Then there's the aim — have more trust, which is stupid. Because we differentiate between people who are trustworthy, and people who are not. More indiscriminate trust is not an intelligent aim. Intelligently placed trust is a proper aim. 

    We judge trustworthiness based on three things:

  1. competence
  2. honesty
  3. reliability

    Is someone competent in something that is relevant and honest, but not reliable? Then we have a hard time assigning more work. Honesty is a big one. Warren Buffett says, “Honesty is a very expensive gift, Don't expect it from cheap people.”

    When he hires people, he looks for three things: “The first is personal integrity, the second is intelligence and the third is a high energy level. But if you don't have the first, the other two will kill you.” Trust is the response to trustworthiness.

    Institutions and organizations have tried to put in place systems of accountability that make it easier to judge trustworthiness, but they end up distracting the people from their difficult tasks because they need to tick boxes. O'Neill says it's hard to judge whether people are trustworthy, and even communicate that we are.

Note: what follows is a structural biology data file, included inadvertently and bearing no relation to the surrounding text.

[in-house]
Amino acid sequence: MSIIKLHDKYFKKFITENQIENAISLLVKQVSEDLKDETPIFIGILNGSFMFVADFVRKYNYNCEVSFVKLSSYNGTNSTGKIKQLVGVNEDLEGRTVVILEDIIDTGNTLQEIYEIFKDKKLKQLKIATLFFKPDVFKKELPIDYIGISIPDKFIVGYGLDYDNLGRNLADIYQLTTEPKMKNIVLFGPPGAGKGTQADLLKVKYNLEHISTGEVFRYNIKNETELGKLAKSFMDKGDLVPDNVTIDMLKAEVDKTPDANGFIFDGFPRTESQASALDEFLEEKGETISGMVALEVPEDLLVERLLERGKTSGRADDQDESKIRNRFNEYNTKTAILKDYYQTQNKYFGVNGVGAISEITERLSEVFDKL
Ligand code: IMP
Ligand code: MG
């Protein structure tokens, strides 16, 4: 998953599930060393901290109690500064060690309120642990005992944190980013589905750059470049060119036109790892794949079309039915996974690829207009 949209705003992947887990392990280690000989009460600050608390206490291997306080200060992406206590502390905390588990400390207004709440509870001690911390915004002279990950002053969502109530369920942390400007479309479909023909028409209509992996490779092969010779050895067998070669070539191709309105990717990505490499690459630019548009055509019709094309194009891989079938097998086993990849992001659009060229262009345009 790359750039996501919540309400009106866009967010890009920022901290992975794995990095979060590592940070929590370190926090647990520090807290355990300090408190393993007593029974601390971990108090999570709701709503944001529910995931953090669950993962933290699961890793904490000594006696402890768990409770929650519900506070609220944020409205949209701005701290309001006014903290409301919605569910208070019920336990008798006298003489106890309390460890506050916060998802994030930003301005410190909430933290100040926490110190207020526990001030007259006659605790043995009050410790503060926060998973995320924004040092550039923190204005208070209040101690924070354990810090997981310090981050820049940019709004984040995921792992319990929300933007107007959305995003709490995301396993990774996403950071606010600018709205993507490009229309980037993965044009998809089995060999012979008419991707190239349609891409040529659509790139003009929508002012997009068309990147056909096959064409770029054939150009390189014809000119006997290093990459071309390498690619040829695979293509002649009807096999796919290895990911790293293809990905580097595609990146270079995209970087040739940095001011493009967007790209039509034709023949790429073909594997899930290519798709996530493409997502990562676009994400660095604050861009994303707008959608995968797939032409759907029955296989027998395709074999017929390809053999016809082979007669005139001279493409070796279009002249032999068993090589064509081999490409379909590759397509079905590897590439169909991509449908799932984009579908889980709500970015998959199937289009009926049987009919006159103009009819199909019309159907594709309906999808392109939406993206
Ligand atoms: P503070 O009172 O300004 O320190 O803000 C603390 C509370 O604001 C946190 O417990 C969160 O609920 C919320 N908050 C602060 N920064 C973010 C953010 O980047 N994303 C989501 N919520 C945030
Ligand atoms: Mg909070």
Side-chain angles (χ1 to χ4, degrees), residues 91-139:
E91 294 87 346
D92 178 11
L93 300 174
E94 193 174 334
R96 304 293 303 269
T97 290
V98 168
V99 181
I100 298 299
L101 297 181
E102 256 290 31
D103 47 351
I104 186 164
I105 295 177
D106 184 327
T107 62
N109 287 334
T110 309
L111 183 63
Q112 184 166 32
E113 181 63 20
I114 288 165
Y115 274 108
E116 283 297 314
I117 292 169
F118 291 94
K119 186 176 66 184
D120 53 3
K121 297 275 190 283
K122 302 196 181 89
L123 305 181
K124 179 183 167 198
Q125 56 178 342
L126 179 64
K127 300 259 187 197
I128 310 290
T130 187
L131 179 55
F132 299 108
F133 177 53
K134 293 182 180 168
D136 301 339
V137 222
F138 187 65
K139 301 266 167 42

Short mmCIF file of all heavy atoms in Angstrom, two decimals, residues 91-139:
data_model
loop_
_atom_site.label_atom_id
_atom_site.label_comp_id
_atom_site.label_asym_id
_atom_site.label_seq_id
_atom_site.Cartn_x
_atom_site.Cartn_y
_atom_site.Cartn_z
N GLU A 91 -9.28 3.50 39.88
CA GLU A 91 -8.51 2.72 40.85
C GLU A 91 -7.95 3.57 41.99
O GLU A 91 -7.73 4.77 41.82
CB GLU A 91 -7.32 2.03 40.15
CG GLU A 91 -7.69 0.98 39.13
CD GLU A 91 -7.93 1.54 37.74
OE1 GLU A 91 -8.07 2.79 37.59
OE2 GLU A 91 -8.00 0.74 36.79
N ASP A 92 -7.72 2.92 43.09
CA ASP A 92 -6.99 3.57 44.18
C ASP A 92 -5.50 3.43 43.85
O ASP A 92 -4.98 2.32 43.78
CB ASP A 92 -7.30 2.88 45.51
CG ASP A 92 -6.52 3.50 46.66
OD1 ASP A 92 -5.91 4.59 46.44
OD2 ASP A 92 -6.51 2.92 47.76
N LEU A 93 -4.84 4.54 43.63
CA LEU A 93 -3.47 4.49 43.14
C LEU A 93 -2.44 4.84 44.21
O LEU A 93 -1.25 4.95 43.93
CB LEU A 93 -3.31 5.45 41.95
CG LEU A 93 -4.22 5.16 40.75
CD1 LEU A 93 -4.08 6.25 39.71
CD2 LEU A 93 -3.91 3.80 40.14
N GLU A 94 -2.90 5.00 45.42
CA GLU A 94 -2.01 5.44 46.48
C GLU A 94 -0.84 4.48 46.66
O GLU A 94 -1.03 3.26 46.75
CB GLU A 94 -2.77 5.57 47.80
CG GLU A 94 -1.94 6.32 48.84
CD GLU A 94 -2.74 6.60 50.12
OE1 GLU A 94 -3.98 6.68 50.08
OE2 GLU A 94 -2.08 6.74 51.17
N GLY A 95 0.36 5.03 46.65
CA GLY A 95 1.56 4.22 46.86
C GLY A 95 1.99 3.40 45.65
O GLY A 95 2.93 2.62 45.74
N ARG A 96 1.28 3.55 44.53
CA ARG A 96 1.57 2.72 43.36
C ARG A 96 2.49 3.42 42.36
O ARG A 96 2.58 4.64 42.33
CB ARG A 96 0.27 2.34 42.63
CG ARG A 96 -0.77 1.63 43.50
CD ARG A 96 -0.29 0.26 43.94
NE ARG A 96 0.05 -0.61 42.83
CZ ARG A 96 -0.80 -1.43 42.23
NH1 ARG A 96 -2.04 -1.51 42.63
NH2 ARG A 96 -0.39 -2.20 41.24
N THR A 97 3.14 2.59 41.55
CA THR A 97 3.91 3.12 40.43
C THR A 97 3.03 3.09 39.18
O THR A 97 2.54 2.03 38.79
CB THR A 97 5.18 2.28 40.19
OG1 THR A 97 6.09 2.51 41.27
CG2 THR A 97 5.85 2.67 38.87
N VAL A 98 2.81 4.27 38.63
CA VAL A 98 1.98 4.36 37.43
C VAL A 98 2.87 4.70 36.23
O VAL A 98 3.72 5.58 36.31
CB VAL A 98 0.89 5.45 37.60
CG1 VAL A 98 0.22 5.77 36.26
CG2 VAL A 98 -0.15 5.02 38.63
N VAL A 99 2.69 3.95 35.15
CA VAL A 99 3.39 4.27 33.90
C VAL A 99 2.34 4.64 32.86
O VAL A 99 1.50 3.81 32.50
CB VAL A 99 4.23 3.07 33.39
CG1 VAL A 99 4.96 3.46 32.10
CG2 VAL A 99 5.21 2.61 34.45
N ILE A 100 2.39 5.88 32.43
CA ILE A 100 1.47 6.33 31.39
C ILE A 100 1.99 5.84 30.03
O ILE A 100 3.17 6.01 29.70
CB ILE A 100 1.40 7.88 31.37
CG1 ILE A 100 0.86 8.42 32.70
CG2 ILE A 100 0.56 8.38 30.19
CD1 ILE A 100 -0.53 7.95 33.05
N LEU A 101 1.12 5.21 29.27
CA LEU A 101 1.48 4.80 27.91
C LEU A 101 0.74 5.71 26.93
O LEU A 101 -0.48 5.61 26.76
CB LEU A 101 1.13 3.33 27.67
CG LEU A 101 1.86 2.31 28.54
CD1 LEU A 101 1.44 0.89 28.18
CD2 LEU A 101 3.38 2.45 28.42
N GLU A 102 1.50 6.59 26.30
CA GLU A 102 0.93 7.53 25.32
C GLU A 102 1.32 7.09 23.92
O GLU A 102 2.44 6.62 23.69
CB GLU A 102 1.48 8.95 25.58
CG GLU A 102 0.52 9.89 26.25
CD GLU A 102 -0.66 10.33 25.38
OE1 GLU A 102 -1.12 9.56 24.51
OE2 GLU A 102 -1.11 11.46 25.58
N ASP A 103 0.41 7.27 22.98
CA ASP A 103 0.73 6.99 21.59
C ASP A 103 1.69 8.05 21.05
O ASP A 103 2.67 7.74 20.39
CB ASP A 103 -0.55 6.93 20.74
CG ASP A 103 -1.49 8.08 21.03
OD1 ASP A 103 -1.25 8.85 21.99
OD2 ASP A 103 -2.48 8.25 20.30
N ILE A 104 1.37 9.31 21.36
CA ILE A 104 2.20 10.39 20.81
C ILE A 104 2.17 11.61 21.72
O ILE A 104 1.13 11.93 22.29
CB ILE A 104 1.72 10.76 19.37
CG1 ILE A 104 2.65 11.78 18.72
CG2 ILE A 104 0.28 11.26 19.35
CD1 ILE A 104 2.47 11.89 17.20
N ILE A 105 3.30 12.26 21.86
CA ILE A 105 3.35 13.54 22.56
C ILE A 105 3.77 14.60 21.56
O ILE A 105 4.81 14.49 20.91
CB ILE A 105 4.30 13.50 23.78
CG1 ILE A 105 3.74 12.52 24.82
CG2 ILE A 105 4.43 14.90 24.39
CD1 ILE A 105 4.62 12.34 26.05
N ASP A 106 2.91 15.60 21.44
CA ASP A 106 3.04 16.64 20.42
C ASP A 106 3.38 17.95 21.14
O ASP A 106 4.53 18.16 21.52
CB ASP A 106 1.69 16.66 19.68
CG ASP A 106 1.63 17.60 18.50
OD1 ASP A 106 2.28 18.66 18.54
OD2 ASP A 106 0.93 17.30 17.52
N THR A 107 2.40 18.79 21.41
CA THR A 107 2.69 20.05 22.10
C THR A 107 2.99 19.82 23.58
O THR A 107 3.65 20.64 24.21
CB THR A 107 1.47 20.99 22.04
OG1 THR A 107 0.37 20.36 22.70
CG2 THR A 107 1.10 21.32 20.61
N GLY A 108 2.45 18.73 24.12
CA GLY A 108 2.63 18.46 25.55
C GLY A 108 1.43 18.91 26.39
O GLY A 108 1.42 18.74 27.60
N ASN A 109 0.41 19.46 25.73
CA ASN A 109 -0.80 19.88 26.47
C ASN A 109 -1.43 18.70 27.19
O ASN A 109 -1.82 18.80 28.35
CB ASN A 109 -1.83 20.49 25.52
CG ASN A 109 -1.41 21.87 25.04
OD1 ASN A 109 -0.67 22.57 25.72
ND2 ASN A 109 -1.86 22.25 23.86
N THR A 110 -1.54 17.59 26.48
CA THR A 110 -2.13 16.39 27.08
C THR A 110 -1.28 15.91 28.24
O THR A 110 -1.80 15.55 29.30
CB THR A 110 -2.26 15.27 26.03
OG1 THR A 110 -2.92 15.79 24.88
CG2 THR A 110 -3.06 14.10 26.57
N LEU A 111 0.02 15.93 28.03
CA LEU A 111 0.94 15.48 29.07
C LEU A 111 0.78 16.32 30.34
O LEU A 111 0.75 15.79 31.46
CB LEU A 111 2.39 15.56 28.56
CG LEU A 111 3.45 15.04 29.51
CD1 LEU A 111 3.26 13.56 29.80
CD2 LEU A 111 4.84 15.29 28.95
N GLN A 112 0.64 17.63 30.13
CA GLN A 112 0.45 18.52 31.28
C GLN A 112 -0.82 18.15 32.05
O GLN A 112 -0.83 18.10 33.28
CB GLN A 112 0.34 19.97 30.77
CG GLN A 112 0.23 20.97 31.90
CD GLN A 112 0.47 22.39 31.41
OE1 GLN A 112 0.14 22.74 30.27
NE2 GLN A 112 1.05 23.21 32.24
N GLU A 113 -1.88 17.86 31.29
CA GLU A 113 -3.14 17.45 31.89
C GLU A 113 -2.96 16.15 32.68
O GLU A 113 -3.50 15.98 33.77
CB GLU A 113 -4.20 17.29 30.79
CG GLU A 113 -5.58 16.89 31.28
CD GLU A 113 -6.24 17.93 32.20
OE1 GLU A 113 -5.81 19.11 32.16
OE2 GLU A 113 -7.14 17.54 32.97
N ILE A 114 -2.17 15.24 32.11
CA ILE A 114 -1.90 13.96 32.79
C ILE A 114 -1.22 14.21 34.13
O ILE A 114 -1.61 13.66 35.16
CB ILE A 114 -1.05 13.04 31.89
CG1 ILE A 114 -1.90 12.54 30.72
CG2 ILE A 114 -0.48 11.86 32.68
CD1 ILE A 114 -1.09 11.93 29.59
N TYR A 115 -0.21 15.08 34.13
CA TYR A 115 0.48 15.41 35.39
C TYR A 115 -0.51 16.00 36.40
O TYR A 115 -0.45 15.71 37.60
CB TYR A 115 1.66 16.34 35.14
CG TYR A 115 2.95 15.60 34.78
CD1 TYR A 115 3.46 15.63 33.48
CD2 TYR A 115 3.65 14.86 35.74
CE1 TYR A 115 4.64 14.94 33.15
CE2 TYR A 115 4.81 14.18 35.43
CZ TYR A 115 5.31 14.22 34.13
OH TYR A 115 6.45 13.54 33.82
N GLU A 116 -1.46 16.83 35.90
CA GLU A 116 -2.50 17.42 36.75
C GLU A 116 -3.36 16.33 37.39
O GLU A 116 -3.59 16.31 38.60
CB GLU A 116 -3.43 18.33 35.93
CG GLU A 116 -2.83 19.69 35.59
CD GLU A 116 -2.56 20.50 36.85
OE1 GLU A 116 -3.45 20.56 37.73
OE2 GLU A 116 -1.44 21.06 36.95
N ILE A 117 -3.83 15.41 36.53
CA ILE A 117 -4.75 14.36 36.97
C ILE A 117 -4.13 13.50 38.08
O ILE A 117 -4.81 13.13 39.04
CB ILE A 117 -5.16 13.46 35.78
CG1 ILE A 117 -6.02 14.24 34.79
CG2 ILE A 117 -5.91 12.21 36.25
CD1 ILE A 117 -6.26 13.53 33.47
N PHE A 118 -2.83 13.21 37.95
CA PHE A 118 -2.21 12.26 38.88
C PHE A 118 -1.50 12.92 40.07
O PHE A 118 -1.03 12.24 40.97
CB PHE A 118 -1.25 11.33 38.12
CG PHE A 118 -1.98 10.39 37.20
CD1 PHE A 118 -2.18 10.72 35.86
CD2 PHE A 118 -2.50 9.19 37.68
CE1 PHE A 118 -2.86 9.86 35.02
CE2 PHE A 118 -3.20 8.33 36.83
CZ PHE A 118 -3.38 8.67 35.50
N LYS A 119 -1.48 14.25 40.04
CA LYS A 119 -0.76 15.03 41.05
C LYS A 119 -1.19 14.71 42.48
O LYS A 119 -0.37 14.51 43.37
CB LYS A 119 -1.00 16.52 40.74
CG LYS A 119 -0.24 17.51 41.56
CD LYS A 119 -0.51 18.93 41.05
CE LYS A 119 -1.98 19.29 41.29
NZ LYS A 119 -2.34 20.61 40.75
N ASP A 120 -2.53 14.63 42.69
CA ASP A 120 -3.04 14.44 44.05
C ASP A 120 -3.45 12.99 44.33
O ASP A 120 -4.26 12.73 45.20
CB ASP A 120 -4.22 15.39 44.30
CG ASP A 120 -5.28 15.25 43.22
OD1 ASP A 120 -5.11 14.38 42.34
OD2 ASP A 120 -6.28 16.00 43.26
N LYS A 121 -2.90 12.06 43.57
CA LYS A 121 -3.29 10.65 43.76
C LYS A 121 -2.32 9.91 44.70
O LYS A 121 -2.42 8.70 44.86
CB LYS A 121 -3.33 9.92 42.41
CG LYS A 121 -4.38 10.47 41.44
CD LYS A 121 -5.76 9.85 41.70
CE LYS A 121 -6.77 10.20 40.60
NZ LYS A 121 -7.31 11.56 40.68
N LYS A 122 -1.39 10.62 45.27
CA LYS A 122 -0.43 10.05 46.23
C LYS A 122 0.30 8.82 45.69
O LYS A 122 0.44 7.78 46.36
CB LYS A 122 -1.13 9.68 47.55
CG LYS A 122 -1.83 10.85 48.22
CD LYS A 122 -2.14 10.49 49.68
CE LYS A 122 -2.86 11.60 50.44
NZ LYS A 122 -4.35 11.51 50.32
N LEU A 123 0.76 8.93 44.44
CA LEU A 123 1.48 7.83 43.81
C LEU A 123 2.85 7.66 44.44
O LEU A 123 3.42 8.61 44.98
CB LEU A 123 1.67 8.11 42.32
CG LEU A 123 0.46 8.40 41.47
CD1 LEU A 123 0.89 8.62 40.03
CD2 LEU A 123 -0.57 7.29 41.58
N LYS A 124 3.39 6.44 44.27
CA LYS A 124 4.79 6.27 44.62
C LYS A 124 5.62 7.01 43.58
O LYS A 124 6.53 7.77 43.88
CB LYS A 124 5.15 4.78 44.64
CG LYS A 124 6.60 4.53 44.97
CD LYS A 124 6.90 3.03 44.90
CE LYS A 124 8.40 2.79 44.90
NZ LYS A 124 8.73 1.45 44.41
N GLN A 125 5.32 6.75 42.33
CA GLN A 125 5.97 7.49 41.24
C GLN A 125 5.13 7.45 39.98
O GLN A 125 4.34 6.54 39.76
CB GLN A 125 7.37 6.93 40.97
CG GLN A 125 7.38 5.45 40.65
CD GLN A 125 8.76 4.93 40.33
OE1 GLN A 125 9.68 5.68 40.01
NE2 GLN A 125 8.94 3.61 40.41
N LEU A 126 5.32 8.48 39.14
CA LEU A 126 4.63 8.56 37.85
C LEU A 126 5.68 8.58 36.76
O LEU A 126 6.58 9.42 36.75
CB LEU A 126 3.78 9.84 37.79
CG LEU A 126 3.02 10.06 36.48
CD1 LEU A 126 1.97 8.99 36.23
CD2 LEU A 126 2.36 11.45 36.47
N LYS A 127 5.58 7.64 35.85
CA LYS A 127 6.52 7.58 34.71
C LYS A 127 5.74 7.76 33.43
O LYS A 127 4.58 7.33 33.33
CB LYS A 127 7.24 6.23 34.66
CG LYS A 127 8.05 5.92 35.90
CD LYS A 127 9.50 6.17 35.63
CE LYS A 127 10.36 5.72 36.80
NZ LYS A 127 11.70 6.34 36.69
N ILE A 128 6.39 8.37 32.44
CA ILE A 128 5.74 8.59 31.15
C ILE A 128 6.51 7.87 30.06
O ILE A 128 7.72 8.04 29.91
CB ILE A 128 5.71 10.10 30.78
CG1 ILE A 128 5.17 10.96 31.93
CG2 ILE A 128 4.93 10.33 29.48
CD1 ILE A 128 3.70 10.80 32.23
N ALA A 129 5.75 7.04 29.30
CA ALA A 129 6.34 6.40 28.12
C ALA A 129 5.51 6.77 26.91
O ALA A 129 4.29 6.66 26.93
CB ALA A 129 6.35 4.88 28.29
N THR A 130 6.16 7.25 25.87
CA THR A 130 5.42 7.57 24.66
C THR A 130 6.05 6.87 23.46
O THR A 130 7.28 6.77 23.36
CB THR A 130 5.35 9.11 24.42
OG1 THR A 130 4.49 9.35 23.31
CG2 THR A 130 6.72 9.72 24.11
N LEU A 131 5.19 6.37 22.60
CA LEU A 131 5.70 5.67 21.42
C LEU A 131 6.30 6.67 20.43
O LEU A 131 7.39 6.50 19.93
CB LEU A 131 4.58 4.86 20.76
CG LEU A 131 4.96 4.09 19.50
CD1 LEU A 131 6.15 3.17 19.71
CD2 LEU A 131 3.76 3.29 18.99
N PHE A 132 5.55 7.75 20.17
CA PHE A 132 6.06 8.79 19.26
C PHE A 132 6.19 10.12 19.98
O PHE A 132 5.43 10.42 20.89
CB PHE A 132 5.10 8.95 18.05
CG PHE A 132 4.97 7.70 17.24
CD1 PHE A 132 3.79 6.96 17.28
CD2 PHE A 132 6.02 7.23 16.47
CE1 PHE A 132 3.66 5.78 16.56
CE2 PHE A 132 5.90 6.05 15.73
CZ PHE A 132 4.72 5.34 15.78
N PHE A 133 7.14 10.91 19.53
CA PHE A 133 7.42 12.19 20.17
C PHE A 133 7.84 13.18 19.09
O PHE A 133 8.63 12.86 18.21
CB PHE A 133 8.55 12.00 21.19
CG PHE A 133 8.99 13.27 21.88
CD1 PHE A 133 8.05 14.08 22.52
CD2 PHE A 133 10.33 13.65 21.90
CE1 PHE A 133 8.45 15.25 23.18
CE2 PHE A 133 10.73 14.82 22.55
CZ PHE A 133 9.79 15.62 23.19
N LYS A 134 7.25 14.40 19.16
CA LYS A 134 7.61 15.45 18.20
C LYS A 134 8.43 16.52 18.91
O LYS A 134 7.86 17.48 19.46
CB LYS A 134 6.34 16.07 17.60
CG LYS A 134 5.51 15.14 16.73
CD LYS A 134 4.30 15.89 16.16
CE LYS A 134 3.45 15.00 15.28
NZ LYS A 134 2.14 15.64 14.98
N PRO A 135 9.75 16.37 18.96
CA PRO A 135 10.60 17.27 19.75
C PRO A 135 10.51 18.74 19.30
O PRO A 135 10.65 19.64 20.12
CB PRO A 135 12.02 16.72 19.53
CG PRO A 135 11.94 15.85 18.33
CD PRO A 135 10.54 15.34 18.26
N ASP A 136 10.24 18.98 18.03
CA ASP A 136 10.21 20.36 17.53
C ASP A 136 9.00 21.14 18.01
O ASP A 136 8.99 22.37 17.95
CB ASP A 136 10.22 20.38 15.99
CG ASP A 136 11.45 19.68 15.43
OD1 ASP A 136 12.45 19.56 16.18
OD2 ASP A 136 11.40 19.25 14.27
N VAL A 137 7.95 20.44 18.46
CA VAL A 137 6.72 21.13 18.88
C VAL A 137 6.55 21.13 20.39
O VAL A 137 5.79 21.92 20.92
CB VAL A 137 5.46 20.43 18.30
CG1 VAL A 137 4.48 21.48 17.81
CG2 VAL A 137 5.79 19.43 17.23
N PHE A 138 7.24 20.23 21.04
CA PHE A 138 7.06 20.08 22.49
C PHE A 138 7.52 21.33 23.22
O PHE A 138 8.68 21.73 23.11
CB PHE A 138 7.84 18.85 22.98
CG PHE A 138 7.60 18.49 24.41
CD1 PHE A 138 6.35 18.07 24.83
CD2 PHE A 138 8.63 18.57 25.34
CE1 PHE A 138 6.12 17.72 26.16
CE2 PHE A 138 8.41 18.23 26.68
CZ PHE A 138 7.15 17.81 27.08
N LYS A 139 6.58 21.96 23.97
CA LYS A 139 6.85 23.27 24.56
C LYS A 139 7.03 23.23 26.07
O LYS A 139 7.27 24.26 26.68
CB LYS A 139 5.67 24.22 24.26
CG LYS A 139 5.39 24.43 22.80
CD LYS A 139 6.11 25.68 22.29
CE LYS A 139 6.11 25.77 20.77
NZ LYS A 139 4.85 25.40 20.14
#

The task is also backwards, because we can work on our trustworthiness, but in the end it's other people who give trust, we cannot rebuild it ourselves. We can create the conditions through relevant competence, honesty, and reliability.

    And we can provide evidence of trustworthiness through vulnerability — for example money back guarantees, easy returns — that shows we have confidence in what we're saying and doing. Giving people evidence is a concrete and simpler way than talking about rebuilding trust.